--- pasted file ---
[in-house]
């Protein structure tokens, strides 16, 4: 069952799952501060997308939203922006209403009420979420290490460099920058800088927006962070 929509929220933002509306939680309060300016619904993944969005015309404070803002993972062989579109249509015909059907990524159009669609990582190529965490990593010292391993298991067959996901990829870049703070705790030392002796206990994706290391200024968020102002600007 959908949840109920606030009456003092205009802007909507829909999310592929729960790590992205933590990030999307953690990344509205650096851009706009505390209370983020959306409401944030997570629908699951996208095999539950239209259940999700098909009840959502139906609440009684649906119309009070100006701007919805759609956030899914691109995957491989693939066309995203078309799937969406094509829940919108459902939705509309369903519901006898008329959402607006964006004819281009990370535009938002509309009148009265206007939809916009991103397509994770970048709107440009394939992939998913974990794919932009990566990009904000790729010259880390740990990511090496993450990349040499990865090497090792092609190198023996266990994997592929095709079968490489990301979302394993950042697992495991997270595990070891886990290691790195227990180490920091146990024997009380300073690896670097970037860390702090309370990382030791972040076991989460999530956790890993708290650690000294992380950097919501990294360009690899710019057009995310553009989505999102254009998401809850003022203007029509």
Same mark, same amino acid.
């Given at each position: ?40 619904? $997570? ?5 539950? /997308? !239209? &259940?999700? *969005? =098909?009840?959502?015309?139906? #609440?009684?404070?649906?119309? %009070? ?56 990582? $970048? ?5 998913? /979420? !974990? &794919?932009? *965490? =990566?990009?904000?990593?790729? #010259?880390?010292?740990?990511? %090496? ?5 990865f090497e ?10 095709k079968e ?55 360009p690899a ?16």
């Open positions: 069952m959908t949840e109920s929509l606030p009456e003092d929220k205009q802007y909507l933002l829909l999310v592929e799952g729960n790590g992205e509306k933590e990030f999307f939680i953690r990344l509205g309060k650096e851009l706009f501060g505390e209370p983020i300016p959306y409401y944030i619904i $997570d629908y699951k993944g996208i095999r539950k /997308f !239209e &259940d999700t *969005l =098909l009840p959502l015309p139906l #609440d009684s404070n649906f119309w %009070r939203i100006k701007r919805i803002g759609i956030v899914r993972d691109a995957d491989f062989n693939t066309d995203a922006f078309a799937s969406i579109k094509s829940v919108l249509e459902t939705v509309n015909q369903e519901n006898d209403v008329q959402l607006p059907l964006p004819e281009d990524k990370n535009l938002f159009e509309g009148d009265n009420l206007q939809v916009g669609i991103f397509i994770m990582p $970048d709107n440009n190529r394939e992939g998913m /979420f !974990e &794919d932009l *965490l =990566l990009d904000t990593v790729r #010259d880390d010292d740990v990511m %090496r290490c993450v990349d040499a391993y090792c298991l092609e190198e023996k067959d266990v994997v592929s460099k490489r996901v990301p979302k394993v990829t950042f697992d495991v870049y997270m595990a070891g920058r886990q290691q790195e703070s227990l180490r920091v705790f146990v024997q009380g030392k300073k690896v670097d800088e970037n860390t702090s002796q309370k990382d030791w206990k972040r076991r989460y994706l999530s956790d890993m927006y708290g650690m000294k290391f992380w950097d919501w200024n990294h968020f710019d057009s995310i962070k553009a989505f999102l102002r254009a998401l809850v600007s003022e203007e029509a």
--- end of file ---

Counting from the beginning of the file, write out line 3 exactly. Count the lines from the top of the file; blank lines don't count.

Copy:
Same mark, same amino acid.